Our 78 Newport gets a Sniper. WiP though

Later Model C Bodies - "The Formal Years"

  1. HombreCalgarian

    HombreCalgarian New Member

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    Ok, I pulled the trigger on the Sniper EFI. Was deciding between the Holley and Edelbrock products. Went with the former because of the cost.

    Unlike fellow Calgarian Angus66, I aimed at a more complicated scope: engine stays in, all new ignition with time control, the fuel pump in the tank.
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    The fuel tank, lines and the TB part are done, put the distributor in. "While there", fixed a tired drive shaft U-joint, replaced original rear shocks (still shockingly capable considering the age) and did a bit of anti-corrosion touch-ups.

    Even though I pulled the radiator and the fan out, I am still on the fence over replacing the timing sproket and chain. Even though it is 100% original (nylon?), it shows 0 slack. Think I get to it once I have the EFI running, over next winter, when I finally get to install the maxxjax lift.

    Removing the fuel tank was so far the most physically challenging part. The original owner did not know or trust threaded fasteners, so the towhitch, handcrafted from the 8-10 mm steel (some 25 kilos or more) was welded in. Cutting the damn thing out to drop the tank I said many nasty things about the poor fella. Hope he's already long gone and his karma did not suffer.
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    But I digress. Once all done, I plan to do a writeup so that an amateur like me could have some second thoughts before following the same path. There are certain obstacles to overcome.

    For now though, I am struggling with the electrics (which I am not very good with and the ambiguity of Holley manuals and videos not helping much).

    Aside from the ignition setup (magnetic pick up distributor with the coil driver wiring), I need to get switched ignition (+) for the coil and some other stuff. The wiring is sort of stock (except Lean Burn was removed eons ago). There are no emission controls (I only see PCV and the heat riser flap).
    Any suggestions? I do have the 2-tome shop manual with schematics, so if someone could point out at a proper page/part of circuit - much appreciated.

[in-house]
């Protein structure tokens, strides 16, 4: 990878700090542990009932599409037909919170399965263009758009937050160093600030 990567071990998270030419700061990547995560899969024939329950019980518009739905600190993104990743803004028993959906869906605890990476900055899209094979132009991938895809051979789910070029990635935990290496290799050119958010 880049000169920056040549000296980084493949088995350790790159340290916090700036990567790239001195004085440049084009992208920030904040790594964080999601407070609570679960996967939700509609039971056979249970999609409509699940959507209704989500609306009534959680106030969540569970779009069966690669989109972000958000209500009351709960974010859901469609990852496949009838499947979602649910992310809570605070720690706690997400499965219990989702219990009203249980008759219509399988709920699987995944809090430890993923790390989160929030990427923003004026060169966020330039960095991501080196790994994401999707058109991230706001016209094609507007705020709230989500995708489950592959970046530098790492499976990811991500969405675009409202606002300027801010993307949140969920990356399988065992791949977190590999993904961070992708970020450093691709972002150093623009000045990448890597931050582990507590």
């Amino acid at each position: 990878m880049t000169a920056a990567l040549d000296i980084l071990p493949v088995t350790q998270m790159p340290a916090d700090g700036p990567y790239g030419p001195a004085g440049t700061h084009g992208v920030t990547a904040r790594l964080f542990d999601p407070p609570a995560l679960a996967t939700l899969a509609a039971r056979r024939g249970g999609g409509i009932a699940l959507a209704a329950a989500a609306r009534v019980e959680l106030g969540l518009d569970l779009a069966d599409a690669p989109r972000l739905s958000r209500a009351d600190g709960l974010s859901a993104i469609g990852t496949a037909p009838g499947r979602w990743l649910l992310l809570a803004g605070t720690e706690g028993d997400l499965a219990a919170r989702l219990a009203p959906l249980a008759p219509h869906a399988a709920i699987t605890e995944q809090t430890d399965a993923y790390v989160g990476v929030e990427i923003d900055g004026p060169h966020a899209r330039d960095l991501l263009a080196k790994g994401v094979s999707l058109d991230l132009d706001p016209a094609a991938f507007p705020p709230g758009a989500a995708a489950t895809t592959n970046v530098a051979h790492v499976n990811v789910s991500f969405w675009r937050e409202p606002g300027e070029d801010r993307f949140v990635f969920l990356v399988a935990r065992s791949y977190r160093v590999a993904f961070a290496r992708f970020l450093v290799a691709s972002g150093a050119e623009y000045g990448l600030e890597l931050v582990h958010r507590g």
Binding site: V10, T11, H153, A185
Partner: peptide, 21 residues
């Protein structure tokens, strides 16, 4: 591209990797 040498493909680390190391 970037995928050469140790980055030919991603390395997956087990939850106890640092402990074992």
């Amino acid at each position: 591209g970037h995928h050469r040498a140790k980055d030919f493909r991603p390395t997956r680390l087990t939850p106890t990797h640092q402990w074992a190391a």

Also, Sniper manual calls for 15 degrees BTDC when setting the distributor, but if I read the specs on the Canadian 400 big block correctly, it should be 20 degrees for the basic setup. I plan to call Holley tech support with this, but some second opinions are very much welcome as well.
     
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  2. 75LandYacht

    75LandYacht Yank Tank FCBO Gold Member

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    Sweet thread.. I’ll live through you vicariously as I, some day, wanna do this to my 77 NYB.. anxiously awaiting your updates. :rolleyes:
     
  3. 3C's & a D?

    3C's & a D? Senior Member

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    Damn welded on hitches! I've dealt with those too, no fun. The worst was the '71 Polara parts car I bought. It had a full skid plate covering the tank welded on! I've been wanting to do what you are doing too! And will definitely be taking notes.

    Is the original + coil wire not switched? I'm not familiar with formals, fuselages have two extra spaces on the fuse box, one switched, one constant.

    And if the sniper asks for 15°, and Chrysler asks for 20°, start at 17°-18°, and tune from there. A few degrees isn't going to hurt anything.

    Concerning your timing chain, it should be fine as long as you keep your RPM's down. I actually had an original fail on me driving back to Edmonton from Calgary years ago. Drove down no problem, averaging 80 mph, bought a car, stayed longer than I should have. On the way back, brought the average up to 90 mph, and on a straight, wide open road, decided to let her stretch her legs. After about two minutes of 110 mph, that chain skipped and left me stranded. Of course it was 1:00 A.M!, so much for getting home "early". I guess that's what I get for speeding!

    Should mention that was a 1971 383, with 113,000 miles.
     
    Last edited: May 26, 2020
  4. 65sporty

    65sporty Old Man with a Hat

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    The original coil should get it's power from the ballast resistor, this will have switched power on the other side of the resistor
     
  5. furious70

    furious70 Well-Known Member

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    To feed the efi brain juice during both crank and run you need to tie into the blue and brown wires at the ballast, if the colors are the same on formals. The ballast is where power is consolidated for both key positions
     
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  6. CBODY67

    CBODY67 Senior Member